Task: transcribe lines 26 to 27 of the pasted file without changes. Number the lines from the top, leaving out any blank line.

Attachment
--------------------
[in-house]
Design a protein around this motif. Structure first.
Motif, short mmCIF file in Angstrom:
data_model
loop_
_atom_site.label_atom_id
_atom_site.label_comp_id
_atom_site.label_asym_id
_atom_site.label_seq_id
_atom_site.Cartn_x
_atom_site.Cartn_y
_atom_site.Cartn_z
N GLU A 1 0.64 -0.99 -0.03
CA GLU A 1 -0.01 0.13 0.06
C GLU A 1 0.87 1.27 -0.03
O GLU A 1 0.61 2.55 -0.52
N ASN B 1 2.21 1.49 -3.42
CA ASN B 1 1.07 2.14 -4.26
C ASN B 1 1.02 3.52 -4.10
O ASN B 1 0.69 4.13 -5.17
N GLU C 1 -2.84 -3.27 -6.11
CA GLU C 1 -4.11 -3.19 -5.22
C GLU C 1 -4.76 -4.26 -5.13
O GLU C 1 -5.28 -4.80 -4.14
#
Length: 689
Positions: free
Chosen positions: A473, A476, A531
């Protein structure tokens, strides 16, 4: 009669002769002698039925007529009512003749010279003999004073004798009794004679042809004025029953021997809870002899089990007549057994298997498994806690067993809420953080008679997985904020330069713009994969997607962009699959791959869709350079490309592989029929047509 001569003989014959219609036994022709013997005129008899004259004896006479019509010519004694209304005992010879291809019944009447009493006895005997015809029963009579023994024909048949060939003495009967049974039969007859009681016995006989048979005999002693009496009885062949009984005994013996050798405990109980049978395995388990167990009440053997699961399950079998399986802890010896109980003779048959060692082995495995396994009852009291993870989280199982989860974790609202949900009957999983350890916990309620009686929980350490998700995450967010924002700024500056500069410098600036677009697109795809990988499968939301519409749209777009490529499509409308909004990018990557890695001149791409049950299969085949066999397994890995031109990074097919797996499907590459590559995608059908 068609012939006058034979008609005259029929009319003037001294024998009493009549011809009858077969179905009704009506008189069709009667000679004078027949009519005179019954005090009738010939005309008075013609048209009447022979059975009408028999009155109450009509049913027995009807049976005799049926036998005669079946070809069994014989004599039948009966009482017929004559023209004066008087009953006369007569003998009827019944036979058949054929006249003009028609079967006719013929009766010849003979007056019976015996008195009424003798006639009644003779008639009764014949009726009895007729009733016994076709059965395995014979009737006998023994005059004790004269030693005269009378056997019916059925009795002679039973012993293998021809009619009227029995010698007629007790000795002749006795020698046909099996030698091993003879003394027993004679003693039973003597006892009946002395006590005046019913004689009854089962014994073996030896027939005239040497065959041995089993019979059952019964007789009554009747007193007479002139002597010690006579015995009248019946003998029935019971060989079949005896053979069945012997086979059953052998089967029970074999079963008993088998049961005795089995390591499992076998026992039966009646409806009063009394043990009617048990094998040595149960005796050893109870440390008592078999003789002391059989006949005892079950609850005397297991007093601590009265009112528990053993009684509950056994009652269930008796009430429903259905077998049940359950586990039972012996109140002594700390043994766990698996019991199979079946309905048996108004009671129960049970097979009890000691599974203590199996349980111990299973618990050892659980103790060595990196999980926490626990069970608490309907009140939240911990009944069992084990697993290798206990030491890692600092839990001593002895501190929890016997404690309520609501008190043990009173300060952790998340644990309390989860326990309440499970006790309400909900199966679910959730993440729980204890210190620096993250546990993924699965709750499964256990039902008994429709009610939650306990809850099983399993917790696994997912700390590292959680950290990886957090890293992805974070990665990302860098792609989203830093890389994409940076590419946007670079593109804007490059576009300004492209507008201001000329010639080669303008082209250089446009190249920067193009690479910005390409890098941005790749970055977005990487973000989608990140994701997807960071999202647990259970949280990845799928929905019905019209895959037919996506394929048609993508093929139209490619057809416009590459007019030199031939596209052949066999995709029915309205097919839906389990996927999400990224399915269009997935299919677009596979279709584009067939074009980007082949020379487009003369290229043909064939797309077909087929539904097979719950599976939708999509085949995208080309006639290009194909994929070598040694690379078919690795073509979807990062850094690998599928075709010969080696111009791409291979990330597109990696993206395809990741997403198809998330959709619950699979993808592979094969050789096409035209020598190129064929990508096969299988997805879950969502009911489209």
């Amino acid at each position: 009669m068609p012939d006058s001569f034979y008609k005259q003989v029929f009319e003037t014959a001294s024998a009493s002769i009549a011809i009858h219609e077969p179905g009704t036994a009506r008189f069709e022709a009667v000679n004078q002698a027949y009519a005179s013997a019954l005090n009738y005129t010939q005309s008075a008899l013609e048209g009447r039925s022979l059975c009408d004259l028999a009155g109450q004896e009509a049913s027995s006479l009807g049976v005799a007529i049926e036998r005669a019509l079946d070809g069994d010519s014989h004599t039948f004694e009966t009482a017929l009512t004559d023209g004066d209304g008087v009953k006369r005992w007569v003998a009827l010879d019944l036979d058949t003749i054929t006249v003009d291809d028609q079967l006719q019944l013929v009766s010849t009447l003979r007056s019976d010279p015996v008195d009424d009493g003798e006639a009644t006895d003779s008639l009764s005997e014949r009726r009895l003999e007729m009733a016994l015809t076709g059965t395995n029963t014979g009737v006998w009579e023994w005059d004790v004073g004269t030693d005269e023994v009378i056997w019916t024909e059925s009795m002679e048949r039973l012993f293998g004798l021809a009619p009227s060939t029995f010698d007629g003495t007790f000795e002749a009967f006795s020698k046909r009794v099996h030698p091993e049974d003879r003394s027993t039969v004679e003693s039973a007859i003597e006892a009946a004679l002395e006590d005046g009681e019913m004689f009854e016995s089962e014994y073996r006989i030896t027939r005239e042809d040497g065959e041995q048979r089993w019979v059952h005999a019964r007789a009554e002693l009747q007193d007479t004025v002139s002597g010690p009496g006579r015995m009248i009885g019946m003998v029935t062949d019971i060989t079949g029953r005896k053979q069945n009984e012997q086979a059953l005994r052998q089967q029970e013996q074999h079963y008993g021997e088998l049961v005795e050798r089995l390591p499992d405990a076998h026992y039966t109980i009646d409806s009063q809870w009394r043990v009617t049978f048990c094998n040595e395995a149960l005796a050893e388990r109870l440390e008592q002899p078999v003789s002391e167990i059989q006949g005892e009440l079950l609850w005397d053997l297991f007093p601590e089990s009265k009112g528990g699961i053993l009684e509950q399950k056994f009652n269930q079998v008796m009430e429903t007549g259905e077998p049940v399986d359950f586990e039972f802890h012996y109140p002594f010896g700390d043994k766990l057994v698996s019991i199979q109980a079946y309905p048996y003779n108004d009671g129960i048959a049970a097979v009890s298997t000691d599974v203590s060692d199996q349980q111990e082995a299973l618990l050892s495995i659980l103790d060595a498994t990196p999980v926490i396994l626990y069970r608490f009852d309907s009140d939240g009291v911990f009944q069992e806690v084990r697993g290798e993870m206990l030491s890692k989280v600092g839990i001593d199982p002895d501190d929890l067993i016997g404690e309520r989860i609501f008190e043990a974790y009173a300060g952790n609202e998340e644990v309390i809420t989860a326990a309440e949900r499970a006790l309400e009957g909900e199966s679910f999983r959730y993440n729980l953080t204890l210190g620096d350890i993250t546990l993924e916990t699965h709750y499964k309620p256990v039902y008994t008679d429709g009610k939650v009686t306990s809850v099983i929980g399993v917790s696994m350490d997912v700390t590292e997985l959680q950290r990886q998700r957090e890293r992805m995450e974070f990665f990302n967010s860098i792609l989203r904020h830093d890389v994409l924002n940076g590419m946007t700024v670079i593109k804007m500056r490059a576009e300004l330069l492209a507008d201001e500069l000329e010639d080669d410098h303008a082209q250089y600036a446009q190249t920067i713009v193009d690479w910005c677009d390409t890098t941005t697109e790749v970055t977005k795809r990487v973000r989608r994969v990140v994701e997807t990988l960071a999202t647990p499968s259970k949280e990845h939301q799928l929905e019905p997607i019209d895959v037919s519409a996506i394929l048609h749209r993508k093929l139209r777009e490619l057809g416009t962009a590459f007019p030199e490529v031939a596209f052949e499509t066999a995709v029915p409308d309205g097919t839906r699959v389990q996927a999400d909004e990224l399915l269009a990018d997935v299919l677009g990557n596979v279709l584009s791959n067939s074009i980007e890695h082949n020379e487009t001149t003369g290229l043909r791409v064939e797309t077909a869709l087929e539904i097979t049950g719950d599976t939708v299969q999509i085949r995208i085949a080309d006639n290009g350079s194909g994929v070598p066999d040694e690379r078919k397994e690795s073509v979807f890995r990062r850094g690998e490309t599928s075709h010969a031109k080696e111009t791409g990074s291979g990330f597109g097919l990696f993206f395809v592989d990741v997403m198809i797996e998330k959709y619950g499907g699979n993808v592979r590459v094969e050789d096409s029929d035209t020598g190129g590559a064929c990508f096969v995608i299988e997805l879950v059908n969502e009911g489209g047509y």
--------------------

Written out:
Length: 689
Positions: free